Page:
Very often the best way to innovate is to borrow someone else’s idea and apply it in your business. A successful innovation does not have to be an all-new invention. It just has to be something new to your business that is beneficial. Maybe everyone in Singapore is doing it but you are the first in Holland; maybe every consulting firm does it but yours is the first doctors’ surgery to try it; maybe everyone in IT knows about this but no-one in hairdressing; maybe lots of youngsters communicate this way but you are the first city councillor to do so.
Rob McEwen took over a run-down gold mine in Ontario in Canada, the Red Lake mine. He was certain that there were good reserves of gold in the mine but the problem was how to find them. He had plenty of geophysical and other data on the mine but gold production kept going down.
His colleagues thought he was crazy – no-one ever gave away all their mining data.
At a computer conference he happened to hear about the Linux operating system and how its success was based on its open source principle – anyone could see any of the code. Thousands of programmers around the world analyze, extend and develop Linux code. He decided to borrow this idea and apply it in the conservative world of gold mining. He published all the data about the mine on the internet and challenged people to predict where to drill for gold. His colleagues thought he was crazy – no-one ever gave away all their mining data. But the internet competition he started, the Goldcorp challenge, was a great success. The winner used sophisticated fractal graphics software to analyse the data and accurately predict where to drill for gold. The output of the mine went up tenfold.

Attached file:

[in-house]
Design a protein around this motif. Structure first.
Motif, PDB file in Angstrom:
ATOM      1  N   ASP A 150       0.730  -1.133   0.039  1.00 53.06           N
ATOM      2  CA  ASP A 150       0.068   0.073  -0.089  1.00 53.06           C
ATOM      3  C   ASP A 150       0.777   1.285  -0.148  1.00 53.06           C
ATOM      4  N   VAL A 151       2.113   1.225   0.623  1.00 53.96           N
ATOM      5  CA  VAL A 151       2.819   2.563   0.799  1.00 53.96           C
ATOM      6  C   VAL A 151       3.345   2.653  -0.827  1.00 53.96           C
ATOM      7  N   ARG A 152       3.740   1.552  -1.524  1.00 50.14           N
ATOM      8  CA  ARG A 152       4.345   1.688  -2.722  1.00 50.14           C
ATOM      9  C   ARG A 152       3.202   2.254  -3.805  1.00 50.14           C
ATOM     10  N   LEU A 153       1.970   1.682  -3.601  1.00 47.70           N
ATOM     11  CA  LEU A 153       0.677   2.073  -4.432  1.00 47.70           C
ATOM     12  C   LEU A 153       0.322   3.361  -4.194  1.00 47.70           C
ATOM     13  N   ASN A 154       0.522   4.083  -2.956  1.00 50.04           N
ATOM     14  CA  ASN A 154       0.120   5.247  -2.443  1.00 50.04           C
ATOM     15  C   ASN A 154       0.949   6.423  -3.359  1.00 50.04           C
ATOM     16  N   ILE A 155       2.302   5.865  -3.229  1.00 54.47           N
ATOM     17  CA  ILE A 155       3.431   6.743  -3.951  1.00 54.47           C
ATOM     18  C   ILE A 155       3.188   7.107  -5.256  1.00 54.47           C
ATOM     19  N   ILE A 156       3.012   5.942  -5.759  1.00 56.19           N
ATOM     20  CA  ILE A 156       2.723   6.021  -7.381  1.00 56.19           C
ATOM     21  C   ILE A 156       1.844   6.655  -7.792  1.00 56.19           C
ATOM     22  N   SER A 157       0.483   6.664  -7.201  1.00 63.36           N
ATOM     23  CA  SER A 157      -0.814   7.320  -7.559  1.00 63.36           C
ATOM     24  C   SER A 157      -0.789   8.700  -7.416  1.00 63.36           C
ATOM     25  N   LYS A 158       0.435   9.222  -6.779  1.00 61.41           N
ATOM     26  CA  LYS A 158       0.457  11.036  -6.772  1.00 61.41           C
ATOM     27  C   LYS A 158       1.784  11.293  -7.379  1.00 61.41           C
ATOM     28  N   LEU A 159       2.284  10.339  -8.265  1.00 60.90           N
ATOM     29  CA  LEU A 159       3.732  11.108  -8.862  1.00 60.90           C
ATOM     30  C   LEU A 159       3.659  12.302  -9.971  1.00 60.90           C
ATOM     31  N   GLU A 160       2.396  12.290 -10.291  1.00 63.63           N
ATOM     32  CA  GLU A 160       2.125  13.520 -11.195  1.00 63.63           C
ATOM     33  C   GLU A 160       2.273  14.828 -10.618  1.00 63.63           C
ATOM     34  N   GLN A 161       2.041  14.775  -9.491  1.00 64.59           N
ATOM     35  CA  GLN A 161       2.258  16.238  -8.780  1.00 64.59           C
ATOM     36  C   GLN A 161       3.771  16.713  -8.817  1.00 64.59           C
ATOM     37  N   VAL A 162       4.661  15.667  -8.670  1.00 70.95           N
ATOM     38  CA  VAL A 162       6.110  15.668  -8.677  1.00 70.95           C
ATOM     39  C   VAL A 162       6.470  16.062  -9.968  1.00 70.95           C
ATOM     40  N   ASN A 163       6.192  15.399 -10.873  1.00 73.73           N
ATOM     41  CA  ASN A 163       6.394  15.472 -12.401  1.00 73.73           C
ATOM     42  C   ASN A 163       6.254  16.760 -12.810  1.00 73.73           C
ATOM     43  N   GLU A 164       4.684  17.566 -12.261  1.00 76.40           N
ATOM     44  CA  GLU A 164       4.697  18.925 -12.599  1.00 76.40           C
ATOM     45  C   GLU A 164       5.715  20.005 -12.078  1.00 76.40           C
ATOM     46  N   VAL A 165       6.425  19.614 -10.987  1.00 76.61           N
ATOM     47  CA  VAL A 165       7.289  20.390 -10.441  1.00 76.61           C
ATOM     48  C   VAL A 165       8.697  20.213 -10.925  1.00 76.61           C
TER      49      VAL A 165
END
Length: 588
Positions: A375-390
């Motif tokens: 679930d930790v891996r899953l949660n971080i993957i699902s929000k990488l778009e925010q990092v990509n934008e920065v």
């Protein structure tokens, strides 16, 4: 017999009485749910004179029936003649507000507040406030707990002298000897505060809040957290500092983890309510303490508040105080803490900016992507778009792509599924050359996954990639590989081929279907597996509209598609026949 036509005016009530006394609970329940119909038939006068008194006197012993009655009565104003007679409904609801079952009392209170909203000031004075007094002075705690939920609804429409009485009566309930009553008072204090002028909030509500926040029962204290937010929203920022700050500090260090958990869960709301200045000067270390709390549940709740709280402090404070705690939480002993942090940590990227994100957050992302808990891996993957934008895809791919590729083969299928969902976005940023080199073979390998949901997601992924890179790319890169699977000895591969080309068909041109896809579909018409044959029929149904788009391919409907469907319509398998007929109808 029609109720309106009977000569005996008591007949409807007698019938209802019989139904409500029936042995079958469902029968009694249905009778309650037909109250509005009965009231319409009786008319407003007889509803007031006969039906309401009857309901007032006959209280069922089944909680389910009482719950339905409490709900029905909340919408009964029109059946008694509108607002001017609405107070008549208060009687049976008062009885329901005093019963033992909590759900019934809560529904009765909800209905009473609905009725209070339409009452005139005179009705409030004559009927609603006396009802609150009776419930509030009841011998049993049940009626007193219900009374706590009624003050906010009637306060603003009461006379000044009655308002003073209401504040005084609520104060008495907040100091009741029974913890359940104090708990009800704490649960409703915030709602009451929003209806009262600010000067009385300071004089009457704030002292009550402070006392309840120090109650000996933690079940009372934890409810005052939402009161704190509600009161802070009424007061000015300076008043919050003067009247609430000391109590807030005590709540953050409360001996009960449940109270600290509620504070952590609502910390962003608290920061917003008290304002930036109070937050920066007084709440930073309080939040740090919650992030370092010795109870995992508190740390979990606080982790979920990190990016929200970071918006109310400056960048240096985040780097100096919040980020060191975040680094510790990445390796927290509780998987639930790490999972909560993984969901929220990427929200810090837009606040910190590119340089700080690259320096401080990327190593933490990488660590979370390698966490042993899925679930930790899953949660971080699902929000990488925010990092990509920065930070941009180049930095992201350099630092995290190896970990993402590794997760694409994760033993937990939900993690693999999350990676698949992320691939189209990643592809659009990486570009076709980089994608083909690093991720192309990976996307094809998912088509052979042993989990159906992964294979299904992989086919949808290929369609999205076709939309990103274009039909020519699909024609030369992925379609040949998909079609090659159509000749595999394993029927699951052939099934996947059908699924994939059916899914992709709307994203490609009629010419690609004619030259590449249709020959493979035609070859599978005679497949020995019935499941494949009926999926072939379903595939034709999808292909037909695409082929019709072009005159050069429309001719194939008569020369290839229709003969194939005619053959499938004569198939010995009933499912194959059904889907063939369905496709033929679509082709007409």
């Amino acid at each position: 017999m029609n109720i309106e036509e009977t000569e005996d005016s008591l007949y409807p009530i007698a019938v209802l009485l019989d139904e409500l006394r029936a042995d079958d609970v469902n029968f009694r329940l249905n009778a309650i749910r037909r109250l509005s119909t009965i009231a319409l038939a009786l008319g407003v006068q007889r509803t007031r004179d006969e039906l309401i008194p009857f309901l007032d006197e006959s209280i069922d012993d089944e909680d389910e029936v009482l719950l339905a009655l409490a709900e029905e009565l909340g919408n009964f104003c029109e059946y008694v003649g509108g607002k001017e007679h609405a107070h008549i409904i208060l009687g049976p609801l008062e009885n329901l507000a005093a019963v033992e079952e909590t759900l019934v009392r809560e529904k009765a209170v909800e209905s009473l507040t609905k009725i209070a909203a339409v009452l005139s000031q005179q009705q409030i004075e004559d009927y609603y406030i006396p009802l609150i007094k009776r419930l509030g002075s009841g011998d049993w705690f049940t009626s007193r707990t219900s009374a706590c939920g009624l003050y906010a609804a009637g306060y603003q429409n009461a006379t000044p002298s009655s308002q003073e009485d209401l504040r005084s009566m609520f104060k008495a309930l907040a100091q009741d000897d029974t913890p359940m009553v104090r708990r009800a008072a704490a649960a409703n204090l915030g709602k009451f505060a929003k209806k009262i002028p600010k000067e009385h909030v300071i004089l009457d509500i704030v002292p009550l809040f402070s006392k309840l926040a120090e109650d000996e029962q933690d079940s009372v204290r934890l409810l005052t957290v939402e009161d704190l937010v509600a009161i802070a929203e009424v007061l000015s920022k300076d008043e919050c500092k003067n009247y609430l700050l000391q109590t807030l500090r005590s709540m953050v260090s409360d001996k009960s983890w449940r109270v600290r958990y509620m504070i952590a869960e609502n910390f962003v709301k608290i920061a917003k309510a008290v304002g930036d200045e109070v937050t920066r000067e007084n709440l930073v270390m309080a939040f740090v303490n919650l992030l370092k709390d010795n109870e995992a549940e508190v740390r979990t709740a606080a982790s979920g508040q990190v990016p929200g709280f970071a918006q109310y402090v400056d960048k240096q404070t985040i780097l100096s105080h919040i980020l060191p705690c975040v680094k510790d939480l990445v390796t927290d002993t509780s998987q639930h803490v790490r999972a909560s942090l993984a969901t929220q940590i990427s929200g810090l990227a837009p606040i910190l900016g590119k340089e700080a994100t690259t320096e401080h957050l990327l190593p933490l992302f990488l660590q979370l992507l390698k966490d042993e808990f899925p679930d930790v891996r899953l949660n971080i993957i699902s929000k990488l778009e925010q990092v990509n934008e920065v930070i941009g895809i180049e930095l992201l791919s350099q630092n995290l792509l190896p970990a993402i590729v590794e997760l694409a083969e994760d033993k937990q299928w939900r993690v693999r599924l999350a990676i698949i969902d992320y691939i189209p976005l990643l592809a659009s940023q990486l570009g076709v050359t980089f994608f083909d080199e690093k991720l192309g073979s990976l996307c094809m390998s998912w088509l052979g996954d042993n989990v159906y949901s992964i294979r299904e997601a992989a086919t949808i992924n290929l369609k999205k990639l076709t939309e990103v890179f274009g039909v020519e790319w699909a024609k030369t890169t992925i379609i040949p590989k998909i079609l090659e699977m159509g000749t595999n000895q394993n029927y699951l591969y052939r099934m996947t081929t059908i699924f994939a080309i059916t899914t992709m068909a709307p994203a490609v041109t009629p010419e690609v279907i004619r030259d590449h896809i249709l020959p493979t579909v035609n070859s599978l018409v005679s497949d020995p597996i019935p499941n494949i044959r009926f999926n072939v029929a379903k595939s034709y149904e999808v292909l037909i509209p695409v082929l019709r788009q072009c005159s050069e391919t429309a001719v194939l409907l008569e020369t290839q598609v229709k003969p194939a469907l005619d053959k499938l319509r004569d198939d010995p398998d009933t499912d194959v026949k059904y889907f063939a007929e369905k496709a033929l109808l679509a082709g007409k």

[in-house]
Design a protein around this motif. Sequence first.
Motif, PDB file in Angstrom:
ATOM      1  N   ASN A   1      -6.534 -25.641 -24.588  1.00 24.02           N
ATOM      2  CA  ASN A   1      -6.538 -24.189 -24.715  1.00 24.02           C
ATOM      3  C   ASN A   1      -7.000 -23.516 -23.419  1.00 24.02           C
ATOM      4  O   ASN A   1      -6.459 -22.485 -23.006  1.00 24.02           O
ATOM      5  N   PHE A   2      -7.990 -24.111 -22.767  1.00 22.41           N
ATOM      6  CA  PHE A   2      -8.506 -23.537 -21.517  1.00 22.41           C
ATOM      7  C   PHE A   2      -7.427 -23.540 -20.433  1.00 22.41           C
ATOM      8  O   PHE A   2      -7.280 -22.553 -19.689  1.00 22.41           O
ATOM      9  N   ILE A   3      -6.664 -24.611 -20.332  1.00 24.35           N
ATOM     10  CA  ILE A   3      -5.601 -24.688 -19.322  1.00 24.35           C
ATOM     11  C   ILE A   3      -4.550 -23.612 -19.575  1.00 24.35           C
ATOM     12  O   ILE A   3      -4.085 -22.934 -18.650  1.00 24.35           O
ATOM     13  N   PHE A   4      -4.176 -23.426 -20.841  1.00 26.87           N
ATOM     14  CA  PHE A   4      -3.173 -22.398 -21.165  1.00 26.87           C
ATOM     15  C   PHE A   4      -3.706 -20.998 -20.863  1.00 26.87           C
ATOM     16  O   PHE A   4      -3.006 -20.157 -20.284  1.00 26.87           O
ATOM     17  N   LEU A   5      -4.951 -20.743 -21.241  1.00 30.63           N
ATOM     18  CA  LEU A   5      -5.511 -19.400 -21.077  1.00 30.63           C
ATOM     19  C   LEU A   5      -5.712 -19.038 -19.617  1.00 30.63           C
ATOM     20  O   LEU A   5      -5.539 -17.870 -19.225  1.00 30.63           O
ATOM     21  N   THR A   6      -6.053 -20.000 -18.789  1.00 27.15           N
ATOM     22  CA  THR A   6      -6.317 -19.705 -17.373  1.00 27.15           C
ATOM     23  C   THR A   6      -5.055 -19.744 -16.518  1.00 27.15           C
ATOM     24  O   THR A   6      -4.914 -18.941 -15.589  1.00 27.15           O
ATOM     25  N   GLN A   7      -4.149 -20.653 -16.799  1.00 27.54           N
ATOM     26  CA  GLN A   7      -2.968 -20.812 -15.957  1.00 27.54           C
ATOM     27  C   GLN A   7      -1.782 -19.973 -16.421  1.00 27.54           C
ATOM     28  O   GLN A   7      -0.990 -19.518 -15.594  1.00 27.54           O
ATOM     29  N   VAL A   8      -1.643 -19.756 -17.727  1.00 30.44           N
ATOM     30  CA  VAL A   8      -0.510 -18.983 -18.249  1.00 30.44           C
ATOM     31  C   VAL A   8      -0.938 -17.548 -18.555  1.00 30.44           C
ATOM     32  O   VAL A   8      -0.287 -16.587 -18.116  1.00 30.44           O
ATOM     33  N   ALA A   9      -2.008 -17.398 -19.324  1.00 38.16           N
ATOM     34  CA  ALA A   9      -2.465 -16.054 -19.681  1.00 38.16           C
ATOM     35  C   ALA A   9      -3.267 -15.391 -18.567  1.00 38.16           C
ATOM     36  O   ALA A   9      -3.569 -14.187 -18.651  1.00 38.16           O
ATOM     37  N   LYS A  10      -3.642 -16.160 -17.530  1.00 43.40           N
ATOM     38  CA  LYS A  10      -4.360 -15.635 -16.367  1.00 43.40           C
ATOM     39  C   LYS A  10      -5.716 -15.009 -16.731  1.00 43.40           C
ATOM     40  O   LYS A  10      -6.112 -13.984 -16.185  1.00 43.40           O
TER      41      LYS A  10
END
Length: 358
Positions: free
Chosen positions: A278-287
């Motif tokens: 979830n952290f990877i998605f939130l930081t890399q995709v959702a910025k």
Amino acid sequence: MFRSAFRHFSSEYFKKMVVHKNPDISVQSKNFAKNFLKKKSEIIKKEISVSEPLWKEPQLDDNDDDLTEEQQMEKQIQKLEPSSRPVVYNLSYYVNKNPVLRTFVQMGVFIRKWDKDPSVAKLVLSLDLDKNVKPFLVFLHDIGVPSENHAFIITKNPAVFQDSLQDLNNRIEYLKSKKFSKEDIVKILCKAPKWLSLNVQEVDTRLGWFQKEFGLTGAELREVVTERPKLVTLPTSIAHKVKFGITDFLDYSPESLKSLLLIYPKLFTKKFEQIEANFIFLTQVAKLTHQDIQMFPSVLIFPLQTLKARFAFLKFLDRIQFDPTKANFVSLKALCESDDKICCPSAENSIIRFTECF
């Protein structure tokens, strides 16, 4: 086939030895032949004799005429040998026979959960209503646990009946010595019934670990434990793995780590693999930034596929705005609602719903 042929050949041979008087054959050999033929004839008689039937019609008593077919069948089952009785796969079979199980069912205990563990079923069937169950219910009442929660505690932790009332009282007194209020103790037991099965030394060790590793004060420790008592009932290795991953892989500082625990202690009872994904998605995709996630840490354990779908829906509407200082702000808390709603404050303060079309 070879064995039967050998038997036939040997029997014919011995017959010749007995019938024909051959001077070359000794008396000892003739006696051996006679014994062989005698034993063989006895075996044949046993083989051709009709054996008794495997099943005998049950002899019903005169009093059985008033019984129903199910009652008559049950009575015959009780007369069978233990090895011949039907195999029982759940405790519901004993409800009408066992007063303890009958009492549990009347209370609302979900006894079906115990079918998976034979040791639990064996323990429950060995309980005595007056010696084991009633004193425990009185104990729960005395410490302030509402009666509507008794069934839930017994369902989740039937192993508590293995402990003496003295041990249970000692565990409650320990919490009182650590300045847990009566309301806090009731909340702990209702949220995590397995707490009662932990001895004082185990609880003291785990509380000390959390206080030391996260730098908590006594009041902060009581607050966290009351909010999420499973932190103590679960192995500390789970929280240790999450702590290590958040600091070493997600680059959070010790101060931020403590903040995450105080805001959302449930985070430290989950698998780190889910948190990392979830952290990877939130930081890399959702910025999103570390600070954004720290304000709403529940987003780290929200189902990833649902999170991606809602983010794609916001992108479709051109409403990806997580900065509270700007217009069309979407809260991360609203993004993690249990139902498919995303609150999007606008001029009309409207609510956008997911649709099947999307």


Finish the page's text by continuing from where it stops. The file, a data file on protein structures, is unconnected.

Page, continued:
Doctors had a problem with hypodermic needles. Patients were afraid of them. Children dreaded them. The pain the needles caused was not intense but it was unpleasant and it dissuaded many people from having important injections. So the doctors asked – who else has this problem? Who else injects into people and has solved this problem. The answer was quickly given. Mosquitoes insert a tiny needle into people and extract blood. They carry the deadly malaria virus. They go about their deadly work without being felt. By studying how the mosquito stings its victims scientists were able to develop a hypodermic needle that patients do not feel.
Mick Pearce is the architect who designed a retail building called the Eastgate Centre in Harare, Zimbabwe. He wanted to keep the building cool in the hot summers but he wanted to do this with minimum energy use. He studied how termites build their mounds which keep remarkably cool. He designed a natural cooling system that mimicks the workings of a termite nest. The building uses one-tenth of the energy of conventional buildings.
The scientific study of nature in order to copy its methods is called biomimicry. Alexander Graham Bell was a practitioner of biomimicry. He copied the workings of the human ear when he invented the telephone. The diaphragm in the ear became the diaphragm in the telephone.
Vodafone uses interesting customer segmentation. Like every other business it segments customers by revenue and margin. But it also segments customers by which ones it can learn the most from. Vodafone identifies the top 20 clients world-wide who are doing the most interesting things with mobile technology. It ensures that senior managers visit these customers and keep abreast of their latest applications and uses. Some of these clients are very small organizations but Vodafone knows that the ideas they can garner here are very valuable. Who are your most innovative clients? Do you monitor and track them. Do you keep them close? Could you borrow some of their great ideas?
The problem you face right now is a problem that someone else has faced and solved. Why not harness their ideas?
By Paul Sloane
Paul Sloane is the author of The Leader’s Guide to Lateral Thinking Skills and The Innovative Leader. He writes, talks and runs workshops on lateral thinking, creativity and the leadership of innovation.